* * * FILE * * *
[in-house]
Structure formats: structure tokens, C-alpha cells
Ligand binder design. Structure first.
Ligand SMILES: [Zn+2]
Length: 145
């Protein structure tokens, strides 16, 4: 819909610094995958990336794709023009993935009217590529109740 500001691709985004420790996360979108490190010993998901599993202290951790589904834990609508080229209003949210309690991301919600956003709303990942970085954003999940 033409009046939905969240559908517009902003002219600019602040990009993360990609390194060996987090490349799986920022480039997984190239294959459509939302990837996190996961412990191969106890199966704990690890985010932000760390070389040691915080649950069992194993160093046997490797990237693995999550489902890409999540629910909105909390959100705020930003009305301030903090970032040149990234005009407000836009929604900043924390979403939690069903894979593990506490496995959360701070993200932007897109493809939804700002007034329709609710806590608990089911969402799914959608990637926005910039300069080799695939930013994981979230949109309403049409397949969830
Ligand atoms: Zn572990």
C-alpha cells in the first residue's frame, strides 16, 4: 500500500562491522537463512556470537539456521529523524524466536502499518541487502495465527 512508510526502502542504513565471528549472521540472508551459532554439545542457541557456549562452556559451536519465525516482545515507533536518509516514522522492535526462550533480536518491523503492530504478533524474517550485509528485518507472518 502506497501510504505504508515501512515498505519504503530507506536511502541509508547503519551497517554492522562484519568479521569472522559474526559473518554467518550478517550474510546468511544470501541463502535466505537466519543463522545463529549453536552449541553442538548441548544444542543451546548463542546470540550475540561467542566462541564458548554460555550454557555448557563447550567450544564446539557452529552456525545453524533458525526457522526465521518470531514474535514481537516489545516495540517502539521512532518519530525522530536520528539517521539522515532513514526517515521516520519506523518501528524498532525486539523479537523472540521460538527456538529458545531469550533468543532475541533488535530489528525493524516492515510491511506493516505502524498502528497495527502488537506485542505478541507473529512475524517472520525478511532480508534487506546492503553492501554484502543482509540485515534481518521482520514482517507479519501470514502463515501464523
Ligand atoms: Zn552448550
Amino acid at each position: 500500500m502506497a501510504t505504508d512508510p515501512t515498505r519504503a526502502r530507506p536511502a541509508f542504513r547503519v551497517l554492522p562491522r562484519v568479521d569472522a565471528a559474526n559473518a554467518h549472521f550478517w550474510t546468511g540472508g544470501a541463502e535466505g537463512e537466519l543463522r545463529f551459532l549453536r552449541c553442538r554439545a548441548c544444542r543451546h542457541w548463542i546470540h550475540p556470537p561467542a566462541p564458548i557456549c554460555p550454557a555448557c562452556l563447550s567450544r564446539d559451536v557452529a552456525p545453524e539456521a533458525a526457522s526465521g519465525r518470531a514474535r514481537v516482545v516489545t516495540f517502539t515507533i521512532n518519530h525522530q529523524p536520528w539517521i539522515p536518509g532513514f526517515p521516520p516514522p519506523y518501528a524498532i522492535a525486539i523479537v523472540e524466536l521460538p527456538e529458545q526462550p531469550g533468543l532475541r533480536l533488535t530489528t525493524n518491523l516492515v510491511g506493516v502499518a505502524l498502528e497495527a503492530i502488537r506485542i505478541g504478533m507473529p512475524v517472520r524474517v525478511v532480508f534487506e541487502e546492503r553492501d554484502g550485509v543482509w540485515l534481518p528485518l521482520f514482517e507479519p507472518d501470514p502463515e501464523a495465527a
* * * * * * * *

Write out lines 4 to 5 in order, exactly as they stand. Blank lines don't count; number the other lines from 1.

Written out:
Ligand SMILES: [Zn+2]
Length: 145